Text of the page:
While her father is off making a movie, Jennifer Corvino [Jennifer Connelly, in her second feature film] is sent to a boarding school in Switzerland where, unknown to her, there is a serial killer targeting schoolgirls. The school is a bit of a bore, but an episode of sleepwalking takes Jennifer to the home of an expert on insects, Professor John McGregor [Donald Pleasance], who is confined to a wheelchair and lives with his chimpanzee assistant, Inga. Jennifer has a gift – she can communicate with insects, a talent that gets her pegged of an asylum before she escapes her school and gets mixed up with the killer. Phenomena is one of Argento’s least well received films, critically, but it features some genuinely chilling scenes and remarkable effects – not to mention a remarkable soundtrack that includes music by Bill Wyman, Iron Maiden and a host of other major eighties bands.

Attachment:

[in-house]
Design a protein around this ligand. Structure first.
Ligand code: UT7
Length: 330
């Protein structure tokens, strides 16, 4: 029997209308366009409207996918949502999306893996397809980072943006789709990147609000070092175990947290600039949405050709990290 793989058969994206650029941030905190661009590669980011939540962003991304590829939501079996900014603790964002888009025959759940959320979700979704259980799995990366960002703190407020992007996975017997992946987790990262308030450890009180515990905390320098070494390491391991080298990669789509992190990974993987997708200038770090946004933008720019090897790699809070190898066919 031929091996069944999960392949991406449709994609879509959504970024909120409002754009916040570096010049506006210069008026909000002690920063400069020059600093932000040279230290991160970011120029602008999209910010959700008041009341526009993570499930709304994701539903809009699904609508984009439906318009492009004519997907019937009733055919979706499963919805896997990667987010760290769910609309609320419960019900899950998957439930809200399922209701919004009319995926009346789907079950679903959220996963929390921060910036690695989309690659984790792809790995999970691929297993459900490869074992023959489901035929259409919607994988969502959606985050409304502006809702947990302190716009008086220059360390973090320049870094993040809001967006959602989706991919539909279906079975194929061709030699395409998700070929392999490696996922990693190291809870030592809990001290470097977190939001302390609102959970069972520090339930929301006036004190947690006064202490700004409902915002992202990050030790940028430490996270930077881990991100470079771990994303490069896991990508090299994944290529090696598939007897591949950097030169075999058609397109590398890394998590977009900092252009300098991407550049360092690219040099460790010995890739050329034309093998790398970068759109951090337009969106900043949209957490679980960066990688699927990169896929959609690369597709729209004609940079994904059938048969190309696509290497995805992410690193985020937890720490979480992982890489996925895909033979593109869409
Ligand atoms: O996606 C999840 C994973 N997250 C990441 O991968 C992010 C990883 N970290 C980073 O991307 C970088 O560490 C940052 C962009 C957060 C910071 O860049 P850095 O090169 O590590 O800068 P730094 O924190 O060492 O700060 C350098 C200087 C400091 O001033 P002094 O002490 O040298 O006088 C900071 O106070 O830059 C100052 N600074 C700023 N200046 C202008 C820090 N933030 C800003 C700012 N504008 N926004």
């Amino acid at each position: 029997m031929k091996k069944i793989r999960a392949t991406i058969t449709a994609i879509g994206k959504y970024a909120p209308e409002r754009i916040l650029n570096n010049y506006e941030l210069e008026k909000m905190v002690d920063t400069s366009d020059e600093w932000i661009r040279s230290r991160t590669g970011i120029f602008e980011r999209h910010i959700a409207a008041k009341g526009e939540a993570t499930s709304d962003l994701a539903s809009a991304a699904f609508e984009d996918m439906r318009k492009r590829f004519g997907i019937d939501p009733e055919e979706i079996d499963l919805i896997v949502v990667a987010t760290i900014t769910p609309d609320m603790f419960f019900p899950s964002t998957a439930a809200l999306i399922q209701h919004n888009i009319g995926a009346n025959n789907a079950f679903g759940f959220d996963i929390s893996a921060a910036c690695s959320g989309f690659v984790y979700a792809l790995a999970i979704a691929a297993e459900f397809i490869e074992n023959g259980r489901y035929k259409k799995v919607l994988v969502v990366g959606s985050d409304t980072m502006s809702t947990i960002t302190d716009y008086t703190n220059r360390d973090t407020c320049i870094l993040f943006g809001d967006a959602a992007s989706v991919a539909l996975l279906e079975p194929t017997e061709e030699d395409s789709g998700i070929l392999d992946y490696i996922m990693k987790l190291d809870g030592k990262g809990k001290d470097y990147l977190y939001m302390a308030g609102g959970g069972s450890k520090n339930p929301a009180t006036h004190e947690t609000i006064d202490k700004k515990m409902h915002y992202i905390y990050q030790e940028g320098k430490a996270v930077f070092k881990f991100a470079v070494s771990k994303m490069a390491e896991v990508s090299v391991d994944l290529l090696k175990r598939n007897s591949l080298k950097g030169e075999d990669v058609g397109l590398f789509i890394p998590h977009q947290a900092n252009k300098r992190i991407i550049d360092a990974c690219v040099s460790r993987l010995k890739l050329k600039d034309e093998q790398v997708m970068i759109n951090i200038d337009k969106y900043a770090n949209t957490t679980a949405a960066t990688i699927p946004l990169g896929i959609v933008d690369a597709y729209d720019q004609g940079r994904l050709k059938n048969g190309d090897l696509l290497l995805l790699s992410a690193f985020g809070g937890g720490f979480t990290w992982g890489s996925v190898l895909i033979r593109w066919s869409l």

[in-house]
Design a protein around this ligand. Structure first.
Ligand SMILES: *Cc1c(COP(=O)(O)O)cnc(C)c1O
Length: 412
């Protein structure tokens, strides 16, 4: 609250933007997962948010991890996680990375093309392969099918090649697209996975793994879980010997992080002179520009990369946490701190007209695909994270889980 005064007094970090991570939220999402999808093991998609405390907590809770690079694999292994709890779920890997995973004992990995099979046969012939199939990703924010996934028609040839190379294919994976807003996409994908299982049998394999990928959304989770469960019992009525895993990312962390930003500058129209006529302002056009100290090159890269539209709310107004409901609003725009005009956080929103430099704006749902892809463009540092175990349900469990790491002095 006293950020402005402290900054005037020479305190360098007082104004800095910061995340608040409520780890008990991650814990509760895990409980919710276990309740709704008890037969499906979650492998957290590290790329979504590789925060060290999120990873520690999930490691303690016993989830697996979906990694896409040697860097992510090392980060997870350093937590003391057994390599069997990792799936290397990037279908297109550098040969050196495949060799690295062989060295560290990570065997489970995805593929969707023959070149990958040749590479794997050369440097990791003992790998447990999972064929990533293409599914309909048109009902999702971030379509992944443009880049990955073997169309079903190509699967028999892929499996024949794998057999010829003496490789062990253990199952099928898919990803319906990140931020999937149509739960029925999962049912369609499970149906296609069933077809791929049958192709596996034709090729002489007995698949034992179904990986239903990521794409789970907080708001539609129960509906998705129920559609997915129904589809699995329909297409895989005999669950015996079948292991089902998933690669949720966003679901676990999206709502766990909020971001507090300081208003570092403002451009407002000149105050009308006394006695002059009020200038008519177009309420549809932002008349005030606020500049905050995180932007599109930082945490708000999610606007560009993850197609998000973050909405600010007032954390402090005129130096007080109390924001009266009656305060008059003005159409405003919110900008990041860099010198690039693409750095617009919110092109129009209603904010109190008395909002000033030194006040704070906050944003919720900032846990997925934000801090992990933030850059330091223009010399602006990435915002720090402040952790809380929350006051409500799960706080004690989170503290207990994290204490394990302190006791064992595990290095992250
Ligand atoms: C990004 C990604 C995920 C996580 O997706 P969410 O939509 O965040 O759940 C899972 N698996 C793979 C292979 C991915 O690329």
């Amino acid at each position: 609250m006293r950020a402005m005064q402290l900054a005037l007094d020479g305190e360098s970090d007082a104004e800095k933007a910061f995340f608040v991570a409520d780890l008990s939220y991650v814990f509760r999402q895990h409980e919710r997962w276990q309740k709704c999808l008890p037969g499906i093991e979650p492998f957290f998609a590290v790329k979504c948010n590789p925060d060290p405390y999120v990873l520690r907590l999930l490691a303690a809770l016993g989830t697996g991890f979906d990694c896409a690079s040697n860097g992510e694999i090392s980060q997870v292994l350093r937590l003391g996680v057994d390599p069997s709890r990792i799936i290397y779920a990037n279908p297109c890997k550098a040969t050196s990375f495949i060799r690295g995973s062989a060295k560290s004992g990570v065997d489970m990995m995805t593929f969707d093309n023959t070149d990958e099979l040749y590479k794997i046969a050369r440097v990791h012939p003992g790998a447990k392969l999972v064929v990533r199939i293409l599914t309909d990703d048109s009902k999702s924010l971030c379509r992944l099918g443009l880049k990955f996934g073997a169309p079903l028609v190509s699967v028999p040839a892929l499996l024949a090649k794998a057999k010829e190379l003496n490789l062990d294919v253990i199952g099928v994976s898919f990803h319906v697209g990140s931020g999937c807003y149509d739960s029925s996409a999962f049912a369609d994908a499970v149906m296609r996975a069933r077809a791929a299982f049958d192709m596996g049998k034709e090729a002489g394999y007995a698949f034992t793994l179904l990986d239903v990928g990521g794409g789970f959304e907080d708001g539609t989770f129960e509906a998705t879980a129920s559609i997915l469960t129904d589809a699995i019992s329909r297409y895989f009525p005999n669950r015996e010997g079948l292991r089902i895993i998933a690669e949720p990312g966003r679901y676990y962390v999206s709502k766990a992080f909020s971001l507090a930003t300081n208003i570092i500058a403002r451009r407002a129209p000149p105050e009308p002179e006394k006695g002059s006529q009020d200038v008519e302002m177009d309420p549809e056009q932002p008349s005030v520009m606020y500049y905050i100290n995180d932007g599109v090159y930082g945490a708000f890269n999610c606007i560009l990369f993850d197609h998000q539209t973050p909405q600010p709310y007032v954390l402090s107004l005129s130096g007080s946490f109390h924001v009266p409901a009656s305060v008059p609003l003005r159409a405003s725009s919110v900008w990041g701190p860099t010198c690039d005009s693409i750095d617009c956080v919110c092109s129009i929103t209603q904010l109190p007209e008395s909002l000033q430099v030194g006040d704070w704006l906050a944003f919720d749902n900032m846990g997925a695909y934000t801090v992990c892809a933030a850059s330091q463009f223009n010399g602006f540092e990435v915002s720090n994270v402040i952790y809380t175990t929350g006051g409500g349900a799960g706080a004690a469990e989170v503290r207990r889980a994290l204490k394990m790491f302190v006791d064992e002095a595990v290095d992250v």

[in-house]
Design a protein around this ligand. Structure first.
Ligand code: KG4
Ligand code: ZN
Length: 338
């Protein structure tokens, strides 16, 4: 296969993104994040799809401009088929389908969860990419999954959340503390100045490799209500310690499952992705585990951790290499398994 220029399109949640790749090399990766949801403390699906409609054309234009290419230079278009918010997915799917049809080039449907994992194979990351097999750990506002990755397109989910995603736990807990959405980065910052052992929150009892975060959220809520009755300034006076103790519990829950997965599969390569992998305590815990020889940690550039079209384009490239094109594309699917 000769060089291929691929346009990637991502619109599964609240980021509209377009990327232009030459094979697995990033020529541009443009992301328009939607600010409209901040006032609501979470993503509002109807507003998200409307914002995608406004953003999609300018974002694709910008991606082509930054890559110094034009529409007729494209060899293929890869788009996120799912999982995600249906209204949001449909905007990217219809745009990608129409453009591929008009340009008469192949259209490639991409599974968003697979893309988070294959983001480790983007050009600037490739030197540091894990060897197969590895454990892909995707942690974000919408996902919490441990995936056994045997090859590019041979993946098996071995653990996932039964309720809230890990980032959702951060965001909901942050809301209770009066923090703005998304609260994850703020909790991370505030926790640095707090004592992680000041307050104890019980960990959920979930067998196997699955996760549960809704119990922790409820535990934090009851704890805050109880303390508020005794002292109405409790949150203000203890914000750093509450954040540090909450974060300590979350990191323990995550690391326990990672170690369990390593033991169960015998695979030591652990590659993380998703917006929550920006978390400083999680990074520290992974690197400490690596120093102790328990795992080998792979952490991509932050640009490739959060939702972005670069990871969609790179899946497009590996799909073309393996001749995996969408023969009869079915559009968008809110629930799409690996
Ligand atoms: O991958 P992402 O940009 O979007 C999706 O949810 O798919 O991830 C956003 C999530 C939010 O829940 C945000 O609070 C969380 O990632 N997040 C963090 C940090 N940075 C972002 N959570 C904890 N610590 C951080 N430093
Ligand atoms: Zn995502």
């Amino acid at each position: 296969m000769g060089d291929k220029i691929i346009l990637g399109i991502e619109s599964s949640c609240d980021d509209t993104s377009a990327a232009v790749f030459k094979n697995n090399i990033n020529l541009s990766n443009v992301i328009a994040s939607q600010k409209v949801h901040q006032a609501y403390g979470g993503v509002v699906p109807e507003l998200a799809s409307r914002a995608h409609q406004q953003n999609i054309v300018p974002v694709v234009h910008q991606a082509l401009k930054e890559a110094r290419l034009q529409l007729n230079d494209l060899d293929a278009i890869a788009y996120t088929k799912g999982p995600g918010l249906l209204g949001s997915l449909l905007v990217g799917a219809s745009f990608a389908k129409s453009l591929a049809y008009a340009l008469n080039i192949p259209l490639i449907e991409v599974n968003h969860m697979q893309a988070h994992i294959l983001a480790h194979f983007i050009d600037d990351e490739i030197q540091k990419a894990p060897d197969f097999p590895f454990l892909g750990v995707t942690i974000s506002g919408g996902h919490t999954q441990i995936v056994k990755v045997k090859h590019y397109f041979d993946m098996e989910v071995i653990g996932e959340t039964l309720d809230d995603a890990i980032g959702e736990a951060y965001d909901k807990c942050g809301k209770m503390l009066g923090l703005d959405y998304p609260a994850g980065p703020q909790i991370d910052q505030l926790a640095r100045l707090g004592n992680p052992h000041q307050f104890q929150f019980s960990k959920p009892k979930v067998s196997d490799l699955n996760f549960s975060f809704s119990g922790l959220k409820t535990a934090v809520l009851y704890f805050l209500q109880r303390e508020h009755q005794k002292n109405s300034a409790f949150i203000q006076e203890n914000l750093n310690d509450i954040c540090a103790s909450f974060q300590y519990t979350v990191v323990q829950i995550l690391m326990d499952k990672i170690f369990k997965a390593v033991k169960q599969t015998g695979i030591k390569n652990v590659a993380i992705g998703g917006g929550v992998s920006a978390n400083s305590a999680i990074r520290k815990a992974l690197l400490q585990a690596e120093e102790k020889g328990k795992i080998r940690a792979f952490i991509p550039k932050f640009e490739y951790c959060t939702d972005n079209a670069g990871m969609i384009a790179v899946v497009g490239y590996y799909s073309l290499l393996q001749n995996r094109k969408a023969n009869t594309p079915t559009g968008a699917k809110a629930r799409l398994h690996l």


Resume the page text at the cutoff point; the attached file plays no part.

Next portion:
Features include: Commentary by Dario Argento, Effects Artist Sergio Stivaletti, Composer Claudio Simonetti and Journalist Loris Curci, who moderates the discussion; A Dark Fairytale – Argento and some of his cast and crew reminisce; Louis Cozzi & The Art of Macrophotography [how the insects were filmed]; Dario Argento on The Joe Franklin Show; Claudio Simonetti Music Video [Jennifer]; Bill Wyman Music Video [Valley]; the Theatrical Trailer, and a Dario Argento Biography & Selected Filmography.

Grade: Phenomena – B

Grade: Features – A+